The film’s director,
See full article at Den of Geek »

Exclusive interview with actor Richard Tyson

david j. moore chats with actor Richard Tyson

A busy actor since making his auspicious cinematic debut as perhaps the greatest movie bully of all time in Three O’clock High (1988), Richard Tyson always makes an impression when you see him on screen. He’s done everything from sexy and suave (Two Moon Junction, 1988) to being the bad guy (Kindergarten Cop, 1990), and he’s also done comedy in three different Farrelly Brothers pictures (Kingpin, 1996, There’s Something About Mary, 1998, and Me, Myself, and Irene, 2000). He’s been extremely active as a character actor in notable films like Battlefield Earth (2000), Black Hawk Down (2001), and different horror films such as Big Bad Wolf (2006) and 2015’s Bound to Vengeance, which casts him against type. Tyson, who’s done extensive work in theater, has run the gamut of acting, and he’s never stopped working since his humble beginnings as a kid from Mobile,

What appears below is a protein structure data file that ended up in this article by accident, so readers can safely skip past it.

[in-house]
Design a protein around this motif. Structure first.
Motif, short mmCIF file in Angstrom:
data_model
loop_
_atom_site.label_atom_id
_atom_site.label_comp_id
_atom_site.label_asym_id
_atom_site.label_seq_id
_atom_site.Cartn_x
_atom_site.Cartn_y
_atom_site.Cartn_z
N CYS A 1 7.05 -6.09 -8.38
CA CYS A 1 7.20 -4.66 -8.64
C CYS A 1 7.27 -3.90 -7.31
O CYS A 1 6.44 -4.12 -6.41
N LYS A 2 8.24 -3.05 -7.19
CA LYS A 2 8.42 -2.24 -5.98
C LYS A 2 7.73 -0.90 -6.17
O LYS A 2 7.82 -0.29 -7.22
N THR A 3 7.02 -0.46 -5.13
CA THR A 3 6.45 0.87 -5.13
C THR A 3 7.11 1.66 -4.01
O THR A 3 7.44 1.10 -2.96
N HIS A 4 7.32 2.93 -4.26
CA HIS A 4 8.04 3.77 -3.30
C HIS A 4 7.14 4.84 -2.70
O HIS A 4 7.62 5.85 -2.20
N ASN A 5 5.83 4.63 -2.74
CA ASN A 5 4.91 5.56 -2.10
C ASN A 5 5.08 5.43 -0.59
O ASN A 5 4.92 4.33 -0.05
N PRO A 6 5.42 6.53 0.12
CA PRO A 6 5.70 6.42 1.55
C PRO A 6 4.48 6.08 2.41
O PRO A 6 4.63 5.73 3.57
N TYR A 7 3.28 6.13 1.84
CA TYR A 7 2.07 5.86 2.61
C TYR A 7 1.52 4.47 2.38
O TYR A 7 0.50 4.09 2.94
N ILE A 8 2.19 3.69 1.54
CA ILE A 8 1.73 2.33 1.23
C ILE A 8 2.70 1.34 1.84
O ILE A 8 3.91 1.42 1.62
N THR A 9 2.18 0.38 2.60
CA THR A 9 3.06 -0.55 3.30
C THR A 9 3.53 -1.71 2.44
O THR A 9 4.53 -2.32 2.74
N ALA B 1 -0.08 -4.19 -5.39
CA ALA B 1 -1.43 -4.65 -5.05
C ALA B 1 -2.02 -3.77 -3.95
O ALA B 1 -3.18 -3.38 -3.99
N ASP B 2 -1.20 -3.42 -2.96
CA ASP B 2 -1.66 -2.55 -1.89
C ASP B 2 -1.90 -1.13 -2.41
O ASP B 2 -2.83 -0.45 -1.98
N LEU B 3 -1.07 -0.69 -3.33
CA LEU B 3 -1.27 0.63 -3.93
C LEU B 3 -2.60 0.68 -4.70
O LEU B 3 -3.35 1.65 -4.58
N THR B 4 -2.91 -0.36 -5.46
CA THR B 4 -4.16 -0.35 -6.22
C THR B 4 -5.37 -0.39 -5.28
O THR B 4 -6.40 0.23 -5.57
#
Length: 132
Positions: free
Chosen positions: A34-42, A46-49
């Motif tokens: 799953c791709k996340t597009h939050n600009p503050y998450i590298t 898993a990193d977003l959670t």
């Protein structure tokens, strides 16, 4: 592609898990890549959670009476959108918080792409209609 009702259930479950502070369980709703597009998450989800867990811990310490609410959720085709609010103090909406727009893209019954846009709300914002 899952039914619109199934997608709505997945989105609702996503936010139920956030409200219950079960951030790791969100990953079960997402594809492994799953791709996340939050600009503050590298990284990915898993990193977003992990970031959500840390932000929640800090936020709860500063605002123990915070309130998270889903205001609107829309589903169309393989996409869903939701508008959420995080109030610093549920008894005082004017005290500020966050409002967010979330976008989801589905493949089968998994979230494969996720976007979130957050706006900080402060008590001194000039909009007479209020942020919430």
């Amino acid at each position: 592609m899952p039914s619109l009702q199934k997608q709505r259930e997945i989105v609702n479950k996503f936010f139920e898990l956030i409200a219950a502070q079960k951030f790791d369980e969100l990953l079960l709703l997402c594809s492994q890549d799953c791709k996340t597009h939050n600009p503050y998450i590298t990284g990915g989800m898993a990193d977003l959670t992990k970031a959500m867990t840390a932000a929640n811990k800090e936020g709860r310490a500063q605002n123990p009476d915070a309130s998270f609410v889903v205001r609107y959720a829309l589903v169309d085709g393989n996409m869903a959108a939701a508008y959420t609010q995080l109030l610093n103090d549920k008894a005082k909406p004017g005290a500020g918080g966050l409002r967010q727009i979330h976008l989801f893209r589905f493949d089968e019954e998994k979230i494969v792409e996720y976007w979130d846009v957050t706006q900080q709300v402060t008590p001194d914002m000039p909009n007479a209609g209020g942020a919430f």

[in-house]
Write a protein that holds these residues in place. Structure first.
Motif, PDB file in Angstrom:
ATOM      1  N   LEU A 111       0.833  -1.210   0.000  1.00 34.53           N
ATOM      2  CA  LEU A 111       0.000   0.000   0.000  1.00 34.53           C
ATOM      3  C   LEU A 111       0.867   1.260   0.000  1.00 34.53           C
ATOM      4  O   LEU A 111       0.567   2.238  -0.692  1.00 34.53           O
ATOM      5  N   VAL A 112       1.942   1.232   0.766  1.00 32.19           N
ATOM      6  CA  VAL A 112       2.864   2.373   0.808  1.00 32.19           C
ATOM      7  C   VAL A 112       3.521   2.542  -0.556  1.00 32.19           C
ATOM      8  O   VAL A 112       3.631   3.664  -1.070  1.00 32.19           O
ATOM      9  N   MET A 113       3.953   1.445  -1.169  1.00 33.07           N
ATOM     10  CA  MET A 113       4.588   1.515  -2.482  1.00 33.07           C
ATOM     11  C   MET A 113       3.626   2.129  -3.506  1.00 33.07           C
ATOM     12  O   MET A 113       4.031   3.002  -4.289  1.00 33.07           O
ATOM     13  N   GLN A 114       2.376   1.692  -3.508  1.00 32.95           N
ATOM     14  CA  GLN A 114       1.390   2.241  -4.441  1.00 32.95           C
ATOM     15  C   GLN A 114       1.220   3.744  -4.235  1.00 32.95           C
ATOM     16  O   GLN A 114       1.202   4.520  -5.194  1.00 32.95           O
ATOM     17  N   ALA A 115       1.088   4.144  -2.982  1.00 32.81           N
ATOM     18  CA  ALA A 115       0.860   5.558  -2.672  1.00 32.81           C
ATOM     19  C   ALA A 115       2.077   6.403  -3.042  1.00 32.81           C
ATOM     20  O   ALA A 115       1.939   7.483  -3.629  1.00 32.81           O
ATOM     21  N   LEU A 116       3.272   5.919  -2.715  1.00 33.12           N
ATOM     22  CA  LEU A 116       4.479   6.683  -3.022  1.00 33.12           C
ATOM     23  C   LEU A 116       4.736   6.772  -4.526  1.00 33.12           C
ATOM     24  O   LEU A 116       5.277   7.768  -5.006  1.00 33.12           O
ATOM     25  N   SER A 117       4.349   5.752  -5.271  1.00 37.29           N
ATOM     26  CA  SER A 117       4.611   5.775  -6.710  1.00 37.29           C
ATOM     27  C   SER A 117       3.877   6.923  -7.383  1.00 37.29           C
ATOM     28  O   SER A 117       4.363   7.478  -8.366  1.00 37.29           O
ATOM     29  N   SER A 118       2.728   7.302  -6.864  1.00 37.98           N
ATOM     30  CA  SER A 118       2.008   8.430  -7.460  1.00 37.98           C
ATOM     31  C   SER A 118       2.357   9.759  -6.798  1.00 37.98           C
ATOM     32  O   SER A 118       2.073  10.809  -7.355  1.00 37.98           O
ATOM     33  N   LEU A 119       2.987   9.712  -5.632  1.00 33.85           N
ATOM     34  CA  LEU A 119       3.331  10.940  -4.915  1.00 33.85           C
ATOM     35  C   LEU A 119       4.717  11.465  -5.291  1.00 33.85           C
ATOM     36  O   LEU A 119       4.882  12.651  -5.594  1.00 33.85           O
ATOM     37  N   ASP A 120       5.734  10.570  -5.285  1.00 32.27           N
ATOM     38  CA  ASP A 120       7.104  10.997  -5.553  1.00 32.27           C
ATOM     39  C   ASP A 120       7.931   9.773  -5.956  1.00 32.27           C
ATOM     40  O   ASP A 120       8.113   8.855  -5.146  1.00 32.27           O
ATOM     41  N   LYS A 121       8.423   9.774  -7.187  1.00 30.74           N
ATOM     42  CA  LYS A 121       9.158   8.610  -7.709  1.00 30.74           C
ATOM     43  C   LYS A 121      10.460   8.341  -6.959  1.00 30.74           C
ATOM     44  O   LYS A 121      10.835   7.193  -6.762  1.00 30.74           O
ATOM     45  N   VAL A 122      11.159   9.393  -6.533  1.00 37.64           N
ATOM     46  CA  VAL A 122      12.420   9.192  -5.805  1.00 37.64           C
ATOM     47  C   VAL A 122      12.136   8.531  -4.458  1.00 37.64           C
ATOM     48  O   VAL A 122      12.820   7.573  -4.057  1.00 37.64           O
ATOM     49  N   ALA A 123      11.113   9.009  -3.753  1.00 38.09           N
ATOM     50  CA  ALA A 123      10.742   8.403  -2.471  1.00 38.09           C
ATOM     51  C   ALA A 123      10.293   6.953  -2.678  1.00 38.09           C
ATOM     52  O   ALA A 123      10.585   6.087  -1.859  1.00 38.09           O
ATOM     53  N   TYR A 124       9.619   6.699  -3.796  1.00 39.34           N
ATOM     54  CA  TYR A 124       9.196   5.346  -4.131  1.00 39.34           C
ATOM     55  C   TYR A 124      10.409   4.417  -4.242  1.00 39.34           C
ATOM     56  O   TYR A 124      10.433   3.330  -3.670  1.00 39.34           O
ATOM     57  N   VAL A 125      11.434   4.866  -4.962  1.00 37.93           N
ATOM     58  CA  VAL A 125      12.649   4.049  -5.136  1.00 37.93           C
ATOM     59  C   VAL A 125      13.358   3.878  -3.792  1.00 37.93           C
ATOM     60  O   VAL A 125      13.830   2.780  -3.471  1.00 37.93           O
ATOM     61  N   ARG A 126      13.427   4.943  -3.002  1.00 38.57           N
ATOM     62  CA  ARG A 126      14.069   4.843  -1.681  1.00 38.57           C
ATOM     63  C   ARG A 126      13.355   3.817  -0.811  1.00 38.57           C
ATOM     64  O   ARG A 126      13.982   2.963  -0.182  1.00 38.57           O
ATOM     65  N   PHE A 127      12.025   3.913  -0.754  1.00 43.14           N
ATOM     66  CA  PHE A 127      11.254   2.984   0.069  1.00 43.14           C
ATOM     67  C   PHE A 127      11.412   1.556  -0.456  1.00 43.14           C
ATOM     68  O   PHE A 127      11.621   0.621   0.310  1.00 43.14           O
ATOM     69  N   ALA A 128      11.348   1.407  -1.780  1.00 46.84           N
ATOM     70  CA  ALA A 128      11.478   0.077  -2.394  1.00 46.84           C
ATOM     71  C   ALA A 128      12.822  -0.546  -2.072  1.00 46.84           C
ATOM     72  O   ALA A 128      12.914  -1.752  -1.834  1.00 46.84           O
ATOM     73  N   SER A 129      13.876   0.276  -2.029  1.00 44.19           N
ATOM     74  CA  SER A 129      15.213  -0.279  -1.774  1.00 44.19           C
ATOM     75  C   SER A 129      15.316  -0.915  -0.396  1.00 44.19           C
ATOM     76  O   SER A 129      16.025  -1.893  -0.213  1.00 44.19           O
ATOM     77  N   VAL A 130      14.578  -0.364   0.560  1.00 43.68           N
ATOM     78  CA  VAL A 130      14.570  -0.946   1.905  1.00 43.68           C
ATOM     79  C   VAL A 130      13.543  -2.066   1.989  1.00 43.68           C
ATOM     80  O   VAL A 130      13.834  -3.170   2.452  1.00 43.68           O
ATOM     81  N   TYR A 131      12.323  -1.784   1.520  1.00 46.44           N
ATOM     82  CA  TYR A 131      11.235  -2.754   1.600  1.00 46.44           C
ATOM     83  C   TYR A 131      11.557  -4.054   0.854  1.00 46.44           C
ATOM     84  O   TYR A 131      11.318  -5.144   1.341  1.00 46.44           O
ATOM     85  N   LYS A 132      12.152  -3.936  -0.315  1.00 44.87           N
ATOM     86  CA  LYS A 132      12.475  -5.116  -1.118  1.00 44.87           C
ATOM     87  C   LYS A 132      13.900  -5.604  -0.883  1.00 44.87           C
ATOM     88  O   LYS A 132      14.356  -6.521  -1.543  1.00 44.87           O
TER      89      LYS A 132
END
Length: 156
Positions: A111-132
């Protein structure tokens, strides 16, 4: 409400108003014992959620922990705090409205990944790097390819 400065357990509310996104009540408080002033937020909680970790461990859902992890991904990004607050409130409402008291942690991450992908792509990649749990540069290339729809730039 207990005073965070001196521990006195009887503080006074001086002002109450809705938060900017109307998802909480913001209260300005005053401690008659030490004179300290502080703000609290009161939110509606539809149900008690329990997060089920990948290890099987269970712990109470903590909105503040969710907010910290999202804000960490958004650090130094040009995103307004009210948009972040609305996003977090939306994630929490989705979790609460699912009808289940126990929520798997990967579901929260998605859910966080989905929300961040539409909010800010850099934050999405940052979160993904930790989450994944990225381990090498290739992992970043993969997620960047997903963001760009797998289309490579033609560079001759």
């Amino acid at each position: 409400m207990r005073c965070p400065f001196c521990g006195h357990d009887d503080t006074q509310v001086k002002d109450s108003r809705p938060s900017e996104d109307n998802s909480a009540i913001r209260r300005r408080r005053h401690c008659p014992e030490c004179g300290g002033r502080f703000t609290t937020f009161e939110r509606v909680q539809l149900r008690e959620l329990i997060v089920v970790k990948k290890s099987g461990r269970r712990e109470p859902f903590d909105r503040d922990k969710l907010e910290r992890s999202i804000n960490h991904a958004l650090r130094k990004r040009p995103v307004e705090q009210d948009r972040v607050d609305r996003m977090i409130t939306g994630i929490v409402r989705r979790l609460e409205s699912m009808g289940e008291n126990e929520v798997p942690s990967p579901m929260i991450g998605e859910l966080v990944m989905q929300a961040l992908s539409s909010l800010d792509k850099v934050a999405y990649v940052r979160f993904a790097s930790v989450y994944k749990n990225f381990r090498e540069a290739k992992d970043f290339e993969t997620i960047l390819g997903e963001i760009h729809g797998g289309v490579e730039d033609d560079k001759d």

See full article at Flickeringmyth »

George Sidney Centennial: "Kiss Me Kate"

by Tim Brayton

Our centennial tribute to MGM mainstay George Sidney continues with the director's 1953 musical Kiss Me Kate, and such a curious beast it is. Adapted with a slightly free hand from Cole Porter's hit 1948 musical, it's a musical version of The Taming of the Shrew that's also a backstage comedy about the staging of a musical version of The Taming of the Shrew, in which the actors playing Kate and Petruchio are recently feuding exes.

Don't let the plot worry you, though. Since this is a 1950s MGM musical the focus is obviously one one thing first and foremost, and that's big, heaving Spectacle.
See full article at FilmExperience »

Jenji Kohan’s Netflix Wrestling Comedy ‘G.L.O.W.’ Casts Gayle Rankin (Exclusive)